Floating point multiplication in python
Gelonida N
gelonida at gmail.com
Wed Sep 7 10:57:53 CEST 2011
On 09/07/2011 06:51 AM, Steven D'Aprano wrote:
11258999068426240
>
> Error in float 1.1*1.1:
>
>>>> b = F(11, 10)**2
>>>> y = F.from_float(1.1**2)
>>>> f = y - b
>>>> print f
> 21/112589990684262400
>
> which is slightly more than double e above, and slightly less than our
> estimate of 2*a*e = 11/56294995342131200
>
> So we can conclude that, at least for 1.1**2, Python floats are more
> accurate than we would expect from a simple application of the binomial
> theorem. (For implementations using IEEE doubles.)
The reason why the error is different from the 2*a*e is, that we
encounter two problems.
first problem is, that x = a + e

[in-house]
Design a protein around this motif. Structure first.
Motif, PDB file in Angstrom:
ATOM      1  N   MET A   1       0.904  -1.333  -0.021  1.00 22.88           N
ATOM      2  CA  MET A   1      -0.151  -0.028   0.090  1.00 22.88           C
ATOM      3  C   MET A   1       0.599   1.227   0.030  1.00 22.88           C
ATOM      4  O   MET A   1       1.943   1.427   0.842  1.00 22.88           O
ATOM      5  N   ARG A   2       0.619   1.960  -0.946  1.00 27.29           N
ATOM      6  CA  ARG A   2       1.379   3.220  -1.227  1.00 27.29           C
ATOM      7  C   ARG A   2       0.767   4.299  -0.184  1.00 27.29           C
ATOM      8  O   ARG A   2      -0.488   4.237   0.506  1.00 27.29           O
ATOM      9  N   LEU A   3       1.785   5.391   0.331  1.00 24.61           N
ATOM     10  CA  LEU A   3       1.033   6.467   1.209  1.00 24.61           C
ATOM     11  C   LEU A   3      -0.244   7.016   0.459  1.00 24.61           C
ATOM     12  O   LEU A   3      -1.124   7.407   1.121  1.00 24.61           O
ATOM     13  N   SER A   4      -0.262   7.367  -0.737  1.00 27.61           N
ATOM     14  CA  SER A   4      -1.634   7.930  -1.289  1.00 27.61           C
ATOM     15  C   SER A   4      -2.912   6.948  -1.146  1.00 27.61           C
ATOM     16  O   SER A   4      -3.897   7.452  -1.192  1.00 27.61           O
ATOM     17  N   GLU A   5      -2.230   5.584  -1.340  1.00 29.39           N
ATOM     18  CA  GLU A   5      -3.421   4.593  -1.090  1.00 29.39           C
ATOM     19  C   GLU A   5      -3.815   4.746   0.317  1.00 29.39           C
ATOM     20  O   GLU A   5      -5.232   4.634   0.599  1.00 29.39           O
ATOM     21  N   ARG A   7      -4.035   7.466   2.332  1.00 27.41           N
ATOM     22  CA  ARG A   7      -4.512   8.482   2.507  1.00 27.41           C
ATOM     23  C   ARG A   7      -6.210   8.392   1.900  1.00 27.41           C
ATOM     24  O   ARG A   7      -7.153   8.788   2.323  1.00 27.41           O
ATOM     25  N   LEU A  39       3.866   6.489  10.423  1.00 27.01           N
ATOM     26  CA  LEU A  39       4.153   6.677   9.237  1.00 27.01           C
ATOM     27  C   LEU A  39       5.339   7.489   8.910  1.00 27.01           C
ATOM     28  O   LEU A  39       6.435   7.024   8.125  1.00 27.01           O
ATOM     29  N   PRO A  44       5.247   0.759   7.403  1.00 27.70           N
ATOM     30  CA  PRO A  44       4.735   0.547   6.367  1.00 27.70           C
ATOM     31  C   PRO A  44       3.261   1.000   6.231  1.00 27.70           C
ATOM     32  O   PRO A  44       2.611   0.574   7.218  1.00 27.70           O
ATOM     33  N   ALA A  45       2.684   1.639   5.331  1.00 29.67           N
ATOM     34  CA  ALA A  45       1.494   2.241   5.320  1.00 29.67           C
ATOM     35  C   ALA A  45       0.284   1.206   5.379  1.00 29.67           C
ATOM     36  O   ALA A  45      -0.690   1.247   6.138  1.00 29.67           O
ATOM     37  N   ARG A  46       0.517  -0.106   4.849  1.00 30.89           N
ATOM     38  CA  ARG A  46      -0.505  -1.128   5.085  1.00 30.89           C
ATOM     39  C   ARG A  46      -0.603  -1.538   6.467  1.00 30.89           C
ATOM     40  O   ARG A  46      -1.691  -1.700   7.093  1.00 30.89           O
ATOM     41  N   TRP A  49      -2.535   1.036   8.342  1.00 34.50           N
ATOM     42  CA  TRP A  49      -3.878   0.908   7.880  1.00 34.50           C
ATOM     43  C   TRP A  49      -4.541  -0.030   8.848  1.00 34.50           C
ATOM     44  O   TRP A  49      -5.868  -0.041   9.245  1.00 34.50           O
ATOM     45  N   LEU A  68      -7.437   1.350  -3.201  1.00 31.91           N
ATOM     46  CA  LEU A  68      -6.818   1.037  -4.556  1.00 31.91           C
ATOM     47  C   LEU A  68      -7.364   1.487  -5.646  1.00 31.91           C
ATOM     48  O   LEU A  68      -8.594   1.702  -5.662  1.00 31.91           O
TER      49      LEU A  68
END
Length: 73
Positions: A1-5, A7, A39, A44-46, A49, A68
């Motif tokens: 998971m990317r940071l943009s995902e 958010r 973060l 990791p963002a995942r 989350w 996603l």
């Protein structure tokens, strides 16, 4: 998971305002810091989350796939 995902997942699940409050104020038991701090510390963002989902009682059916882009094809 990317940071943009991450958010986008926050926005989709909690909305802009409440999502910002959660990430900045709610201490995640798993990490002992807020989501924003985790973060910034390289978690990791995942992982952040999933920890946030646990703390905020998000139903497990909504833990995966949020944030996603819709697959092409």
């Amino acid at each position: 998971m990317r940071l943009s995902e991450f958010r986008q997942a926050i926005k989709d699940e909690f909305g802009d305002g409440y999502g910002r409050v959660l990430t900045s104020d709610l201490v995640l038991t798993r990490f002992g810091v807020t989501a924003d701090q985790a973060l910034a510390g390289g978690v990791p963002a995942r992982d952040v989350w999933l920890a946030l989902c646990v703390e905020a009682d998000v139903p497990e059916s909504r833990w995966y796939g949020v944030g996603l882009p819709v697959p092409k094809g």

e exists because a float does have a limited number (let's call it N) of
digits and a has an infinite amount of non zero digits in the binary format.
second problem is, that the result of the multiplication is not
(a+e) * (a+e) but a 'rounded' version of it, because the floating point
representation of the result would require about 2*N digits, whereas
only N digits will be stored in the result.
depending on the rounding which happened (up or down) the error will be
bigger or smaller than the estimated one.
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